EATING ENGLAND: No 2: DORSET - Scale the dizzy sandstone peak of Golden Cap, scamble across ancient hill forts, then gorge on the best locally grown organic goodies
THERE IS AN old and secret magic to Dorset. The landscape has a story-book quality of swooping hills and tree-crowned peaks, manor houses and cottage gardens, swans and deer, hidden valleys and leafy lanes. Even the bus stops have thatched roofs. West Dorset, near the Devon border, is a particularly special corner of the county. Here, and in the rest of Dorset, the most interesting shopping is done in small food shops and at the farm gate.

Dorset's coast is world famous and its dipping cliff-top walks give you heart-lifting views and cardiac exercise. Golden Cap, so-called for its sandstone peak, is the highest point on the south coast. Go over it, west to east between the carparks at Seatown and Charmouth, for a good two-hour walk.

The many Iron Age hill forts in the area have spectacular views. Drive up to the top of Eggardon Hill and walk around the fortifications at the top to see right across to Devon and the sea. A kite festival is generally held here in the autumn.

Coney's Castle and Lamberts Castle are neighbouring hill forts that can be covered in one short walk. You can stroll amid swans and cygnets at the swannery at Abbotsbury. Indoors, the outstanding contemporary work on show at Parnham House, near Beaminster, shows there is a future for British furniture beyond antiques.

At the foot of Lamberts Castle, the Bottle Inn at Marshwood (01297 678254) is very much a local pub with darts and skittles. The surprise is that it also has a good range of organic and vegetarian food due to the interest of the landlady, Chloe. She used to work for organic farms in the area and has good contacts for reasonably priced meat. Old boys bring her their allotment vegetables. The puddings include Rocombe Farm's organic ice- cream in flavours such as brandy vanilla clotted cream.

The Fox at Corscombe (01935 891330) is run by a former master of hounds. What looks at first to be the usual pub bric-a-brac on the walls turns out to be his rather more interesting collection of sporting prints and stuffed birds. Huge curling ram's horns sit above the large fireplace. The Fox is an example of how pubs are becoming the natural bistros of England, serving tasty food in informal surroundings. Supplies are local and used in such dishes as a warm salad of pheasant breast and bacon, leek and celeriac soup, rack of Dorset lamb and cod steaks with anchovies, garlic and olive oil. Behind the bar are home-made elderflower cordial, damson gin and real ales.

The Riverside (01308 422011) in West Bay started life as a hot water hut for local campers. It is now a well-known fish restaurant but does not suffer from airs and graces. Outside, it looks not unlike a larger, smarter version of the chip sheds opposite. Inside, it is full of paintings, seaside light from the water around the building, and real holiday time: nobody is going to rush you off your table as you drink good coffee and watch the seagulls after your meal. Cod in a crisp, dark, Guinness batter is joyfully juicy and the mushy peas, cooked with mint and butter, are on a different planet from chippy fare. Dishes such as gooseberry and elderflower fool show that this is a restaurant which is not afraid of the simply delicious. Le Petit Canard (01300 320536) in Maiden Newton, is an unlikely find in a Dorset village: a restaurant run by a Canadian couple, Lin and Geoff Chapman, which serves well-judged fusion food with metropolitan and cosmopolitan influences and a preference for wild meat over farmed. Dishes may have a twist but the flavours work. Tropical fruits and a passion fruit sorbet are set off by a black pepper ice-cream. The rack of lamb might come with a smoked chilli bernaise. Wild boar is local; chargrilled kangeroo, a much-requested staple, comes from further afield.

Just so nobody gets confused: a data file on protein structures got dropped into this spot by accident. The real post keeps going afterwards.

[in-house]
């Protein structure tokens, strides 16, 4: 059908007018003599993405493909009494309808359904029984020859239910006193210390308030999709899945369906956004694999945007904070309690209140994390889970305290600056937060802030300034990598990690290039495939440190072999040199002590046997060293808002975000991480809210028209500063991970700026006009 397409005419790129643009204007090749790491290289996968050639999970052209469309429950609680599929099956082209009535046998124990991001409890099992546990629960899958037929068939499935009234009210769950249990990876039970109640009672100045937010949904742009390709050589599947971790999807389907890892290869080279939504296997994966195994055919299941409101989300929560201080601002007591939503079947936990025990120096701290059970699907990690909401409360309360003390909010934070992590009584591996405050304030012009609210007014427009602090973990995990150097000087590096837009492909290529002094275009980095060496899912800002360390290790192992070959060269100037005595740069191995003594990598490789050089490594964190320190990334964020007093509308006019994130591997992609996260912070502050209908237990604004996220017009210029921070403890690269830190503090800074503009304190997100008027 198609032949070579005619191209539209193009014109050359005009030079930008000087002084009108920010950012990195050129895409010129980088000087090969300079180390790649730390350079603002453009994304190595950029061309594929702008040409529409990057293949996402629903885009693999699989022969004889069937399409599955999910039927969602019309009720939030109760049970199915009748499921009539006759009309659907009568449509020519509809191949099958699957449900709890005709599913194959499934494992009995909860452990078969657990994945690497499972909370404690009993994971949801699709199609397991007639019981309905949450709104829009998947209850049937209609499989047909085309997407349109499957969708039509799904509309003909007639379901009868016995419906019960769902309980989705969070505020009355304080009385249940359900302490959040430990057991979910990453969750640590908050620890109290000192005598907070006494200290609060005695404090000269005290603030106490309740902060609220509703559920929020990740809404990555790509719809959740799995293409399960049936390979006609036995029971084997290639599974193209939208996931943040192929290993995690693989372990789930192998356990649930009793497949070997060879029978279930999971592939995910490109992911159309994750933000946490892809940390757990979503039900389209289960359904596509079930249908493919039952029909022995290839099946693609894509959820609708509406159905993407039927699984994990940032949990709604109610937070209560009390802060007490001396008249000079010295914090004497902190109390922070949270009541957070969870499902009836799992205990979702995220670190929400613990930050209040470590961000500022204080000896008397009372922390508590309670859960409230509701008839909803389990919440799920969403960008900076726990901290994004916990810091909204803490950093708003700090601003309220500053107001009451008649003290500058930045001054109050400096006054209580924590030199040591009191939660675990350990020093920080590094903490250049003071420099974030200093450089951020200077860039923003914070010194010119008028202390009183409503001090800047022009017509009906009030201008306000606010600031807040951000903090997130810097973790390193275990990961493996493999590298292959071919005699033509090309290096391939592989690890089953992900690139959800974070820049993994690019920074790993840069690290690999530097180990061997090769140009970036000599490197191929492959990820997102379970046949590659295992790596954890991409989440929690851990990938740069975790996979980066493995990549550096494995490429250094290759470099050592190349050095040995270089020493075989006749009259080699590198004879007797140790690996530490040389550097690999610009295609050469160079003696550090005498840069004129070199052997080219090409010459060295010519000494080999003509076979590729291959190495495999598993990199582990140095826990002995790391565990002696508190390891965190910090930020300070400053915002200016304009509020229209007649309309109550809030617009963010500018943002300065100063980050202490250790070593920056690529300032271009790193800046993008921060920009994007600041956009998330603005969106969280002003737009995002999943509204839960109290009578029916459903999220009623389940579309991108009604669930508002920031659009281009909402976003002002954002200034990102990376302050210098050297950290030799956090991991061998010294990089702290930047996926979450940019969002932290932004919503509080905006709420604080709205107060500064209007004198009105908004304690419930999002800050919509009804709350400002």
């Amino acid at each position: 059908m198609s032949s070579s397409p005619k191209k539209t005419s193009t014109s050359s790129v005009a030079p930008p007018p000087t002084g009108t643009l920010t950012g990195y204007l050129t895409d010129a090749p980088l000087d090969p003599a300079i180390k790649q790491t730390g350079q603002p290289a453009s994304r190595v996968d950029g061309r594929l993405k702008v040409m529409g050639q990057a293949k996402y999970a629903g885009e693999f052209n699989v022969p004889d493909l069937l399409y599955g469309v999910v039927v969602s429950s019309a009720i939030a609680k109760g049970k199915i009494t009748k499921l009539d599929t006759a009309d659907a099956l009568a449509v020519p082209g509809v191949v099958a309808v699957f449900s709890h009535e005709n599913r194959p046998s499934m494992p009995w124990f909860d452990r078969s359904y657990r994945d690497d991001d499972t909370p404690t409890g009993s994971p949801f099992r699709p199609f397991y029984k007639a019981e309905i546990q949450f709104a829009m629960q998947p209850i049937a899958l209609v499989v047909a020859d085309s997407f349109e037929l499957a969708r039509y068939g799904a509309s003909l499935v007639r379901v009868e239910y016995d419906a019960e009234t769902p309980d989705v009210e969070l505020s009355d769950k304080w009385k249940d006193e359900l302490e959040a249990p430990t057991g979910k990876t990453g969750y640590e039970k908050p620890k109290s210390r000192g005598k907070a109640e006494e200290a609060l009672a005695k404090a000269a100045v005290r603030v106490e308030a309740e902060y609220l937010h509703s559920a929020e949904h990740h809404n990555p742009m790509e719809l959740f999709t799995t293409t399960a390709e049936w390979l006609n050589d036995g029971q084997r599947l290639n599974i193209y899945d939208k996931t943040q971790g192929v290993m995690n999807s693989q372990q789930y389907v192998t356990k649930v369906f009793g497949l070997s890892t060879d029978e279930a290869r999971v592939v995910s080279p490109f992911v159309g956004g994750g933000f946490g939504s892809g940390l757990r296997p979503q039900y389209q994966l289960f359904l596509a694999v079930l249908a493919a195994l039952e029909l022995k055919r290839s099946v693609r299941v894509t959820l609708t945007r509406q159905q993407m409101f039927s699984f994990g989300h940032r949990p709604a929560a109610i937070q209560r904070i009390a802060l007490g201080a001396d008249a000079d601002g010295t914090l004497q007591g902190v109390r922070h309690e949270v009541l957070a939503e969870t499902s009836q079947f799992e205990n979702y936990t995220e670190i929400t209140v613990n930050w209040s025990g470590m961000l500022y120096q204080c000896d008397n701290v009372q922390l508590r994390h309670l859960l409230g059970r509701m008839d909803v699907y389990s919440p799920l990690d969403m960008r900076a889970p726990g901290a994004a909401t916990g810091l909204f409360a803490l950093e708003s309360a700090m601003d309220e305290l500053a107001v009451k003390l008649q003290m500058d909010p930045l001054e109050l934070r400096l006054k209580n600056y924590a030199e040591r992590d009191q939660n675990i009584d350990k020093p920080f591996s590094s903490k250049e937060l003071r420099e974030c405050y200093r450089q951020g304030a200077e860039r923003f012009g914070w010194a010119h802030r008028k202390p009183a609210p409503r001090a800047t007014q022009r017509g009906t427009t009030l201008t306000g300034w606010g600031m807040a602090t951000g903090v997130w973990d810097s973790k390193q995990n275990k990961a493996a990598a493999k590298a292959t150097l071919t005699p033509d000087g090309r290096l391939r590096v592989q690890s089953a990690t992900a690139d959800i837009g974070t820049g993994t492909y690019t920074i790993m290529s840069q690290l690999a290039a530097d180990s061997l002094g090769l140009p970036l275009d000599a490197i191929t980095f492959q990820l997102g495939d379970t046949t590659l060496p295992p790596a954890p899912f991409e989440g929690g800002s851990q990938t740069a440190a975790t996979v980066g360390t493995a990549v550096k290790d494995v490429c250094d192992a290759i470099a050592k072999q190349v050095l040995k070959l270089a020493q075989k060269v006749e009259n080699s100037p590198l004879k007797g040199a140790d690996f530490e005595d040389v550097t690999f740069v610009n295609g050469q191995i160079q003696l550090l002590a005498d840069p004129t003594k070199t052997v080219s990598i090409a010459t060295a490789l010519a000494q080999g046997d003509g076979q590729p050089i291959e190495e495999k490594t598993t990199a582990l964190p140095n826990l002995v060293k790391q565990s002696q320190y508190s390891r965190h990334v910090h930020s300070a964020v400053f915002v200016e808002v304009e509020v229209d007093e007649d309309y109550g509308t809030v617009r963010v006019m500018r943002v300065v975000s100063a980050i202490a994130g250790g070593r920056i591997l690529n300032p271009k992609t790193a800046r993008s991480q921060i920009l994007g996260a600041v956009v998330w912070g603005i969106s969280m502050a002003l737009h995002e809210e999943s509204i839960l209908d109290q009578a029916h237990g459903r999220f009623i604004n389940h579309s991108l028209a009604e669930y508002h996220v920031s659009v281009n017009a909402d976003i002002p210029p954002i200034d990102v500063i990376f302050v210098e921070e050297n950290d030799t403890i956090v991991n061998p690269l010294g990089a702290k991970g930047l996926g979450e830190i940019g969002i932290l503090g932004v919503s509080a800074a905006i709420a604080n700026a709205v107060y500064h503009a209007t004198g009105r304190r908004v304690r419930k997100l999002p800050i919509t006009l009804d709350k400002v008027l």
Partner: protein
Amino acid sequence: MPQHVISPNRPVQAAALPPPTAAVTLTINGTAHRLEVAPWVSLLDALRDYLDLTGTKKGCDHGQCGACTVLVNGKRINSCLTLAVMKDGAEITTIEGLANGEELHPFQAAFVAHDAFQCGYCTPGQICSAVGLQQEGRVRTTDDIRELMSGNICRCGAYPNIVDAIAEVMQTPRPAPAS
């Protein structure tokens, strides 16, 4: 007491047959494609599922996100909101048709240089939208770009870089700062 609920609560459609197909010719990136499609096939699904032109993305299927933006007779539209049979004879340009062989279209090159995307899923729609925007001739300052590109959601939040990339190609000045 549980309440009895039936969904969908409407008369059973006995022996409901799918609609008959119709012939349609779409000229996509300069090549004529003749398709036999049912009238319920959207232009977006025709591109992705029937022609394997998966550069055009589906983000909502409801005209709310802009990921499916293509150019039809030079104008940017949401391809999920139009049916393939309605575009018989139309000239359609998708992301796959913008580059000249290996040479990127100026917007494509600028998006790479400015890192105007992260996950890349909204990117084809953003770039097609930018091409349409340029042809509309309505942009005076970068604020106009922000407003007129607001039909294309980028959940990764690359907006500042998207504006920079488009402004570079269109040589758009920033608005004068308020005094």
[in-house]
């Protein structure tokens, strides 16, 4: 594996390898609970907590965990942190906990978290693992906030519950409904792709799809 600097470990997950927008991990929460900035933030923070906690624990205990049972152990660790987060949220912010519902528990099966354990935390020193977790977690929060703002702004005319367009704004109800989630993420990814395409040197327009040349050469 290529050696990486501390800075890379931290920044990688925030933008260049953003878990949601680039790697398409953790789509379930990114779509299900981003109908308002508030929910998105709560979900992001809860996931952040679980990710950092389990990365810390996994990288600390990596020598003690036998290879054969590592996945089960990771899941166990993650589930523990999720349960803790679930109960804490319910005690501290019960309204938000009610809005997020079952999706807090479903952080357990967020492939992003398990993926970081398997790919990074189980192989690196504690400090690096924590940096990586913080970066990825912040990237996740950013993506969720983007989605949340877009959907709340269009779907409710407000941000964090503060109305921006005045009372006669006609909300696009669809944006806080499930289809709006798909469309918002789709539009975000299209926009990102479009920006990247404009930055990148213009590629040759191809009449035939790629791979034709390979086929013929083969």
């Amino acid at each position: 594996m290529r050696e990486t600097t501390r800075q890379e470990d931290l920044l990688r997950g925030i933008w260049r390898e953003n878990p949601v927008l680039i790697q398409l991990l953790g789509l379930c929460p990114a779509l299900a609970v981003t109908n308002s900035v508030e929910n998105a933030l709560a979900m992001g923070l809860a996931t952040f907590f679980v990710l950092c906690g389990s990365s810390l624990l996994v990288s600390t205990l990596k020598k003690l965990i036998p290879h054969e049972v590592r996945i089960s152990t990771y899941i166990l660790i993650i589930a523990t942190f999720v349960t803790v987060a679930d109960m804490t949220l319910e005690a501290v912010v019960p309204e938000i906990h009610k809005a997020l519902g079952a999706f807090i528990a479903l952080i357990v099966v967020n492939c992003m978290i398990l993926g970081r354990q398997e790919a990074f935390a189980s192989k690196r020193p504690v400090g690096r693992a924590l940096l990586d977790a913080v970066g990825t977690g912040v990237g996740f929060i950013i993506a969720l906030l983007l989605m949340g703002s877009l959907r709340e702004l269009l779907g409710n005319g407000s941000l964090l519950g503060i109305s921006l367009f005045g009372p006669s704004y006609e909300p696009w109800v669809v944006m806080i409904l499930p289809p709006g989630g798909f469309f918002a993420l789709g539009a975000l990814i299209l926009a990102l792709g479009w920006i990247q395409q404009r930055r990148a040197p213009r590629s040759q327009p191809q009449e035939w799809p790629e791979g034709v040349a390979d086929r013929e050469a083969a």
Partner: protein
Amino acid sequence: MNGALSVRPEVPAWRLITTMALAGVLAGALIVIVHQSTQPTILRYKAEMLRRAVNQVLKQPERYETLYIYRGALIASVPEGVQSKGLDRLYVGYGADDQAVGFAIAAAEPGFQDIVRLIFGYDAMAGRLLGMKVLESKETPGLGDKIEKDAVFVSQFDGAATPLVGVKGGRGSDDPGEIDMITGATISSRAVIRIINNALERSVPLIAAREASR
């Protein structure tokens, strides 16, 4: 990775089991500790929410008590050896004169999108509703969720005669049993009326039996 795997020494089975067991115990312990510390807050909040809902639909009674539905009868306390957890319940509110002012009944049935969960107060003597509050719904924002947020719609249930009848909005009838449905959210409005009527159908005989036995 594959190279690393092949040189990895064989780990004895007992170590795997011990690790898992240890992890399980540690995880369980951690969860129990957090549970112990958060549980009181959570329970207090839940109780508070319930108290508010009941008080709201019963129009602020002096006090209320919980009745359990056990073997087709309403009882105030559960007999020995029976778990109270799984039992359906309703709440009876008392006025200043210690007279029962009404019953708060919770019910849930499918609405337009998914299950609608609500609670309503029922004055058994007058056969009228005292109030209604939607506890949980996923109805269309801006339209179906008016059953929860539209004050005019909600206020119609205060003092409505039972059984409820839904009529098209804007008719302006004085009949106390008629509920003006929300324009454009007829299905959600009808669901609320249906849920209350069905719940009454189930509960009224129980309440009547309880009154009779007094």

The reason you can find such food in a quiet English village is that the Chapmans came for a couple of years in the late 1980s and got stranded when the property market collapsed. They plan to go back to Canada, so enjoy this outpost of the New World while it lasts.

You may recognise parts of the village of Evershot because it was a film location for Emma and Sense and Sensibility. The chef at Summer Lodge (01935 83424), Tim Ford, takes great care about sourcing local ingredients and his suppliers are, unusually, listed in detail on the menu. The fine board of 20-odd cheeses is not only British, but exclusively from the South-west. One member of the kitchen staff catches the pike. This is a restaurant reaching for the Michelin stars that offers bargain lunches (the whole set lunch is the price of a main course at dinner). Sunday lunches are very popular in the summer when you can sit outside and use the swimming pool. Do not be put off by its posh restaurant feel of plush and hush: the food is good.

Toller Whelm is a hidden hamlet down a road marked ''private'' where you can buy the most interesting of bacon and eggs. Dick Measures (01308 862308) sells chicken, duck and bantam eggs alongside meat and vegetables from his smallholding; Peggy Darvill (01308 863332), further up the road, has five different rare-breed pigs and sells excellent pork, bacon and sausages from the door. Her pork is also sold by two high-class butchers: Framptons of Beaminster (01308 862253), and, further afield, in east Dorset, the Butchers Shop at Iwerne Minster (01747 811229). This shop is worth a detour for many reasons, including a luxurious truffle-scented pork imported from Piedmont. For traditional Dorset fare, Maiden Newton has an authentic village shop, WE House (01300 320265) with a turn-of-the- century oven, which is used to make a good, sticky, lardy cake, delicious Dorset apple cake and a very tasty shortbread.